The Communion with God is simple, so we will not be dazzled; so we can eat and drink His love and still go about our lives; so our souls will burn slowly rather than blaze.  . . . the Last Supper did not take place on one night in one room, and to eat God’s love, we do not have to even open our mouths; we can be walking, sorrowful and confused, with a friend; or working on whatever our boat is, fishing whatever it is we fish for; or we can be running naked, alone in the dark.  The Eucharist is with us, and it is ordinary.  To me, that is its essential beauty: we receive it with wandering minds, and distracted flesh, in the same way that we receive the sun and sky, the moon and earth, and breathing.  

                   – Andre Dubus in Meditations from a Movable Chair

Five-year-old Isaiah loves bread almost as much as he loves
his Mama, which is to say, quite a lot.  He also loves juice.  When there’s no Sunday school and he’s forced to endure the long church service upstairs in the pews, communion – with its tempting combination of both bread and juice – offers
a bright respite in the midst of the otherwise boring service. 

Seated during prayer at the service’s beginning on Easter Sunday, he bobs and
weaves his head from side to side, searching out the low table at the front of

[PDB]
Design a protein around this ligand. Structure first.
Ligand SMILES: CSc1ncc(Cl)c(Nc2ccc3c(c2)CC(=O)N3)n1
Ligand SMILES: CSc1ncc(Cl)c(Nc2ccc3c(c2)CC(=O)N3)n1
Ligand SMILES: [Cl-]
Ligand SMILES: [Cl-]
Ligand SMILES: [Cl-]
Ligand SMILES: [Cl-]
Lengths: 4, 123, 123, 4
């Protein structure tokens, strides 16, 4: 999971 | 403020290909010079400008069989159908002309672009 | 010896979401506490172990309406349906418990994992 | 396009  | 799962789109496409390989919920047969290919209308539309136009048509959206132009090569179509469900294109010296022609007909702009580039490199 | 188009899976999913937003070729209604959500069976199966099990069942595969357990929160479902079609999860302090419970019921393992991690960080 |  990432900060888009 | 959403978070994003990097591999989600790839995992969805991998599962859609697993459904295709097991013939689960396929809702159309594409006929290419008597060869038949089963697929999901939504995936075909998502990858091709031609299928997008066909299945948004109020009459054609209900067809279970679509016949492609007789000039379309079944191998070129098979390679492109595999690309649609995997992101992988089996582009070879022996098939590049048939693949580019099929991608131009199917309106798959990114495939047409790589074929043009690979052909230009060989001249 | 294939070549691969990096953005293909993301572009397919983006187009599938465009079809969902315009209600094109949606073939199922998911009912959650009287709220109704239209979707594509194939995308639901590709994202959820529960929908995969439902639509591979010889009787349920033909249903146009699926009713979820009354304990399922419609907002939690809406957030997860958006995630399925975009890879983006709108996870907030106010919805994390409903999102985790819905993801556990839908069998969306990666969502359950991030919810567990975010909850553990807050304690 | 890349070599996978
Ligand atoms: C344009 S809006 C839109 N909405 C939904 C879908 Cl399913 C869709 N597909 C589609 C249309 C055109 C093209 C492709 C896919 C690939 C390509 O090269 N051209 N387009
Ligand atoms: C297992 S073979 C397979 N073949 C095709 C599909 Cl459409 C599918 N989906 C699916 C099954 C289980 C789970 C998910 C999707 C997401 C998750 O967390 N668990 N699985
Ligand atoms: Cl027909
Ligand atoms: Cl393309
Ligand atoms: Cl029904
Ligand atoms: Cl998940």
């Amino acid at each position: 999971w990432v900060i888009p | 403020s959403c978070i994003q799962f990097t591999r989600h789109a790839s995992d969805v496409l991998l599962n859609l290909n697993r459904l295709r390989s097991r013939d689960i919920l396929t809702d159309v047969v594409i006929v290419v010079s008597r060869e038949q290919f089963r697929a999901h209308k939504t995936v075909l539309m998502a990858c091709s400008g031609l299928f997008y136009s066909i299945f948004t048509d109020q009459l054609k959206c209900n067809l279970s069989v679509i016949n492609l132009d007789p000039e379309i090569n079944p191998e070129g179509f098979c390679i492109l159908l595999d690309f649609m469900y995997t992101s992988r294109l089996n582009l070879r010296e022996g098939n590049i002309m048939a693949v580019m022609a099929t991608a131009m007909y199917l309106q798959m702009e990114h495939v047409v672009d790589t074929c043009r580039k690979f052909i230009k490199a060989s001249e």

the church.  Then, he exclaims, “I see
bread and juice!”

His brother, Levi, sees it too.  “Mom,” Levi says, like someone who’s just discovered cake and ice cream is on the menu for breakfast, “We’re dippin’ bread!”

I turn to them, scandalized by their outdoor voices, and stretch my
neck forward, my eyes wide, one finger pressed to my lips.  I silently tap my finger to my closed lips.

They settle back in the hard pew to wait.

My boys love communion and my hunch is it’s because
they love to eat.  Sometimes this strikes me as
sacrilegious, but, mostly, something in their enthusiasm – the way
simple appetite and desire breed longing and consummation – also feels right to me.  They’re happy to be part, to take part, and receive something good and nourishing.  

When the time comes, at last, I send Levi under his father’s
guidance and push Isaiah along ahead of me. 
I wonder again, as we exit the end of the pew, about the rightness of allowing
children so young to participate in communion, but they’re so happy, so eager,
I can’t see holding them back.  We move
slowly toward the altar in two lines that bulge and clot the aisle as adults shepherd
groups of children.  Seeing my older son
behind me, I push him forward too, intending to lean over he and Isaiah both and
orchestrate, regulate, their reception of grace.  

Isaiah reaches the half loaf of Italian bread first.  It sits on a plate outstretched in front of
his face, level with his big brown eyes.  He reaches for it two-handed,
manhandling the loaf which slides forward 
precariously the slanted plate and the
server and I both lunge to stop the fall. 
In my mind, Isaiah’s hands are everywhere (germs!) and I grab the loaf
to steady it, tearing off a small piece of soft white dough while he wrestles
with the dry, flaky crust.  He peels back
a sturdy piece as big as his forearm and we turn to the dipping, then back to our

While the rest of us have quickly dipped
and swallowed our own crumbs, he sits in the pew tearing off bite after
bite of flaky crust.  
When his twin brother asks about the size of his serving,
Isaiah replies, with deep contentment, “I didn’t try to get it so big, but it came off, so I kept it.”

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